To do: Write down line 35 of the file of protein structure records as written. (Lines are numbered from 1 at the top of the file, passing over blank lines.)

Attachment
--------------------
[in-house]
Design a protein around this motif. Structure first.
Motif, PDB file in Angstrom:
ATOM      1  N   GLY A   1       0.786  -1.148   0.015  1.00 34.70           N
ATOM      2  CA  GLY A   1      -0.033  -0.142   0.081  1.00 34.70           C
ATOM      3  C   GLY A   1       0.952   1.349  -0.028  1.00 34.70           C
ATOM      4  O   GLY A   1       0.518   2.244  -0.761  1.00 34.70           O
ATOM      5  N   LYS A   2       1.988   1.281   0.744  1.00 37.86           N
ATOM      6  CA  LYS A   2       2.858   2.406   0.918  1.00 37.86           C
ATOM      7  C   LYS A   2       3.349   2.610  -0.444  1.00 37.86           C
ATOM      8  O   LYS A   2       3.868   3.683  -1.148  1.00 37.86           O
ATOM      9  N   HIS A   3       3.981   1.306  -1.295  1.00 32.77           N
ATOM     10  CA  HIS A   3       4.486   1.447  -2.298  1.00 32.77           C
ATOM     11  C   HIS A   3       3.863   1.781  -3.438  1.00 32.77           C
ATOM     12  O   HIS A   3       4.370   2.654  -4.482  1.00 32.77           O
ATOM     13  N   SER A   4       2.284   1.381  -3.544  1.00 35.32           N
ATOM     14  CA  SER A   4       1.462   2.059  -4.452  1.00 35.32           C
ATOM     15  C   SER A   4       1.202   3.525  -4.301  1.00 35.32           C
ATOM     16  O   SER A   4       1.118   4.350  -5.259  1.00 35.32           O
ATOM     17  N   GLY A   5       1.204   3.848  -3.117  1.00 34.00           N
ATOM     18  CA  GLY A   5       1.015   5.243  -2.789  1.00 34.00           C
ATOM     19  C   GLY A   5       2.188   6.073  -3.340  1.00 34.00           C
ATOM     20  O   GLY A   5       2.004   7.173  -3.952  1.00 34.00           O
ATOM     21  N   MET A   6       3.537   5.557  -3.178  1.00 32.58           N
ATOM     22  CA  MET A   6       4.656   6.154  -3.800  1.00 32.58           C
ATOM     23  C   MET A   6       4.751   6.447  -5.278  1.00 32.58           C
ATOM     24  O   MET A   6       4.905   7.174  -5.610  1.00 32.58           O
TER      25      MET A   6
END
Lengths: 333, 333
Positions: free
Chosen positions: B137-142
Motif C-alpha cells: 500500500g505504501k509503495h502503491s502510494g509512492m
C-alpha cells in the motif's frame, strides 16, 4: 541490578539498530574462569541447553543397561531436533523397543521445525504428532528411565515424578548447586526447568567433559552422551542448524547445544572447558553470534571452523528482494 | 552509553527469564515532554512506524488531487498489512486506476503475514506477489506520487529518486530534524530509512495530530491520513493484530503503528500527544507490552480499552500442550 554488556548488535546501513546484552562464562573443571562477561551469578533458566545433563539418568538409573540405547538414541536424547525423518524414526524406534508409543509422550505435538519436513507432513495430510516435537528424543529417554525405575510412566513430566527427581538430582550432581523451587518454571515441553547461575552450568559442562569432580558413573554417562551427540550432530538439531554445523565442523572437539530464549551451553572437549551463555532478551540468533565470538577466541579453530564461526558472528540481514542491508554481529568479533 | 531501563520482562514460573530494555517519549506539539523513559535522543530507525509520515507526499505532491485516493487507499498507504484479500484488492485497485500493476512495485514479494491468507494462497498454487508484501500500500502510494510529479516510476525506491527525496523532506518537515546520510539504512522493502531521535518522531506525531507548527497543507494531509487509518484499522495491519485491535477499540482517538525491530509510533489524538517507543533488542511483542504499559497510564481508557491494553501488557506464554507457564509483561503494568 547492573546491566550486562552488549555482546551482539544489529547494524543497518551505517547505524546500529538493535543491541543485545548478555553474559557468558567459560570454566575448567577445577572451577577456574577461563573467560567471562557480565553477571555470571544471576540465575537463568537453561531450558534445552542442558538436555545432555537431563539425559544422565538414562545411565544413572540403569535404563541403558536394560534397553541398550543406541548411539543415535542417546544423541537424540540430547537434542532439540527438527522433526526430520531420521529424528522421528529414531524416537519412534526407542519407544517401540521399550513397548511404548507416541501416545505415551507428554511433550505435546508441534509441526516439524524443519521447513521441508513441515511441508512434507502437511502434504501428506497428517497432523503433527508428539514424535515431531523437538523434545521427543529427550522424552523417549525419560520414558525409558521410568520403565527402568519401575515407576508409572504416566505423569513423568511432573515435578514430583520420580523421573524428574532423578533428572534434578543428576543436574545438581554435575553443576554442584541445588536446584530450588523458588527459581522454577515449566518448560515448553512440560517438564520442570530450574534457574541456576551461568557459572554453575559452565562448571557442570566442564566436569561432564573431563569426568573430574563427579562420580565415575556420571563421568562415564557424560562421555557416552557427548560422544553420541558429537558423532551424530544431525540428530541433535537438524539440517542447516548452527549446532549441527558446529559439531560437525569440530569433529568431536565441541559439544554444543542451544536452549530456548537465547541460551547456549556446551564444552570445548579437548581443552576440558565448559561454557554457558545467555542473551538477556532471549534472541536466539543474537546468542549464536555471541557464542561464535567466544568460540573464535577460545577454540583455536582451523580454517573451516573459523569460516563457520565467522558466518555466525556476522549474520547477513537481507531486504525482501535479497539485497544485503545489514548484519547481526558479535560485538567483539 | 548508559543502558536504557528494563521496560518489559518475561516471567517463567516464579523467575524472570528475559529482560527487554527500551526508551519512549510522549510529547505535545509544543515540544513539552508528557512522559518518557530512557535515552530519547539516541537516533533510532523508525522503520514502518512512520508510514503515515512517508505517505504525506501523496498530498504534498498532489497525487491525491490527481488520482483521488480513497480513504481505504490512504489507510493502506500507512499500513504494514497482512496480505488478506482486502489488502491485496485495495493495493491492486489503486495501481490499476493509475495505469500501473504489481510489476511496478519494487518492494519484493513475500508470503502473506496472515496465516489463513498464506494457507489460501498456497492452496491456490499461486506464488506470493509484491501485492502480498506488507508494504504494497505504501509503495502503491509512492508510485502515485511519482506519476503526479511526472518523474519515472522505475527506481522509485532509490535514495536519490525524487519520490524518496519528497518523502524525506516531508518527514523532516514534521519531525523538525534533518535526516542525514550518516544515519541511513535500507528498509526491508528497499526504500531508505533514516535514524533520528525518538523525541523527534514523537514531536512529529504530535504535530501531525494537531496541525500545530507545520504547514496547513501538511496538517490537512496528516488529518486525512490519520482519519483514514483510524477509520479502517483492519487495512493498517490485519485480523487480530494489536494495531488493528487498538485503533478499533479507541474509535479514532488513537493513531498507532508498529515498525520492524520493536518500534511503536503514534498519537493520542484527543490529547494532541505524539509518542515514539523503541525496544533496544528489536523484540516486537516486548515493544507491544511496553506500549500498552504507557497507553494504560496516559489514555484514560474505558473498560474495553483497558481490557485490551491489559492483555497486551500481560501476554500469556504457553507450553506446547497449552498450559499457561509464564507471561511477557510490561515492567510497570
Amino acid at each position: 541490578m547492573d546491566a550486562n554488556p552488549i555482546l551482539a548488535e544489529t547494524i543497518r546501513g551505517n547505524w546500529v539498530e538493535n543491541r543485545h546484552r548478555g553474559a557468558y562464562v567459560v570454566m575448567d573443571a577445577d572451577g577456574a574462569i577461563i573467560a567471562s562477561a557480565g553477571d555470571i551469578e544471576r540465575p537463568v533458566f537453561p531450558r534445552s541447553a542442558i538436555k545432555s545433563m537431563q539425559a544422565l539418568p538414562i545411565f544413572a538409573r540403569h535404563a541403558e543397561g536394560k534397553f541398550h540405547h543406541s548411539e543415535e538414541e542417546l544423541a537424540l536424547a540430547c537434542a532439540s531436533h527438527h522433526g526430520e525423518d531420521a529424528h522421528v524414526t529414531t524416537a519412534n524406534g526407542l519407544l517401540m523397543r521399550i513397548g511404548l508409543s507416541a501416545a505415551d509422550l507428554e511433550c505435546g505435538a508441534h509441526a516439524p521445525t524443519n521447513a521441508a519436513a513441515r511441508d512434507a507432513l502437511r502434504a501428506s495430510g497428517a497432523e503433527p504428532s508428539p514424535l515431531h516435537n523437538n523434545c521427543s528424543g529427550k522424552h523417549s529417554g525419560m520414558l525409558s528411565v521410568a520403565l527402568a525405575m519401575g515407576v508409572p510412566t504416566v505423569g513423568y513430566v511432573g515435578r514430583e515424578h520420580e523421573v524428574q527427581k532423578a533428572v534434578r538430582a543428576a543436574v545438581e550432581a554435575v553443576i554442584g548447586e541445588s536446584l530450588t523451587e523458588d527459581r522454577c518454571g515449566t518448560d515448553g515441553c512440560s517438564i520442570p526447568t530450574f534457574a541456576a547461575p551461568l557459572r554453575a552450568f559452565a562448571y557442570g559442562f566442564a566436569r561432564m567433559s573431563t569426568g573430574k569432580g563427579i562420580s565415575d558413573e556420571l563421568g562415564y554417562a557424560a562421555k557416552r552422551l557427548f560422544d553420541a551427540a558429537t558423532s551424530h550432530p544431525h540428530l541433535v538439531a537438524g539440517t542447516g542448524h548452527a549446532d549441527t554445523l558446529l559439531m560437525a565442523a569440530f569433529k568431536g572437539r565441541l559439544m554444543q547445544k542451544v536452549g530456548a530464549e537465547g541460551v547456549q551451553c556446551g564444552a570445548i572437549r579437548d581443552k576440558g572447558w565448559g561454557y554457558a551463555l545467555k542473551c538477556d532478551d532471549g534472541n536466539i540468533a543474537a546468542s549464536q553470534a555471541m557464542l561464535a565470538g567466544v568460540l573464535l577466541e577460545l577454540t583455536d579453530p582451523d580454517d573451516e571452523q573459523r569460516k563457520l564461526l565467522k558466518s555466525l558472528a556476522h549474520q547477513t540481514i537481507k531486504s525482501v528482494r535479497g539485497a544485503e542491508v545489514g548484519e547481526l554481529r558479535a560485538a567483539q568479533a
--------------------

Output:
Amino acid at each position: 541490578m547492573d546491566a550486562n554488556p552488549i555482546l551482539a548488535e544489529t547494524i543497518r546501513g551505517n547505524w546500529v539498530e538493535n543491541r543485545h546484552r548478555g553474559a557468558y562464562v567459560v570454566m575448567d573443571a577445577d572451577g577456574a574462569i577461563i573467560a567471562s562477561a557480565g553477571d555470571i551469578e544471576r540465575p537463568v533458566f537453561p531450558r534445552s541447553a542442558i538436555k545432555s545433563m537431563q539425559a544422565l539418568p538414562i545411565f544413572a538409573r540403569h535404563a541403558e543397561g536394560k534397553f541398550h540405547h543406541s548411539e543415535e538414541e542417546l544423541a537424540l536424547a540430547c537434542a532439540s531436533h527438527h522433526g526430520e525423518d531420521a529424528h522421528v524414526t529414531t524416537a519412534n524406534g526407542l519407544l517401540m523397543r521399550i513397548g511404548l508409543s507416541a501416545a505415551d509422550l507428554e511433550c505435546g505435538a508441534h509441526a516439524p521445525t524443519n521447513a521441508a519436513a513441515r511441508d512434507a507432513l502437511r502434504a501428506s495430510g497428517a497432523e503433527p504428532s508428539p514424535l515431531h516435537n523437538n523434545c521427543s528424543g529427550k522424552h523417549s529417554g525419560m520414558l525409558s528411565v521410568a520403565l527402568a525405575m519401575g515407576v508409572p510412566t504416566v505423569g513423568y513430566v511432573g515435578r514430583e515424578h520420580e523421573v524428574q527427581k532423578a533428572v534434578r538430582a543428576a543436574v545438581e550432581a554435575v553443576i554442584g548447586e541445588s536446584l530450588t523451587e523458588d527459581r522454577c518454571g515449566t518448560d515448553g515441553c512440560s517438564i520442570p526447568t530450574f534457574a541456576a547461575p551461568l557459572r554453575a552450568f559452565a562448571y557442570g559442562f566442564a566436569r561432564m567433559s573431563t569426568g573430574k569432580g563427579i562420580s565415575d558413573e556420571l563421568g562415564y554417562a557424560a562421555k557416552r552422551l557427548f560422544d553420541a551427540a558429537t558423532s551424530h550432530p544431525h540428530l541433535v538439531a537438524g539440517t542447516g542448524h548452527a549446532d549441527t554445523l558446529l559439531m560437525a565442523a569440530f569433529k568431536g572437539r565441541l559439544m554444543q547445544k542451544v536452549g530456548a530464549e537465547g541460551v547456549q551451553c556446551g564444552a570445548i572437549r579437548d581443552k576440558g572447558w565448559g561454557y554457558a551463555l545467555k542473551c538477556d532478551d532471549g534472541n536466539i540468533a543474537a546468542s549464536q553470534a555471541m557464542l561464535a565470538g567466544v568460540l573464535l577466541e577460545l577454540t583455536d579453530p582451523d580454517d573451516e571452523q573459523r569460516k563457520l564461526l565467522k558466518s555466525l558472528a556476522h549474520q547477513t540481514i537481507k531486504s525482501v528482494r535479497g539485497a544485503e542491508v545489514g548484519e547481526l554481529r558479535a560485538a567483539q568479533a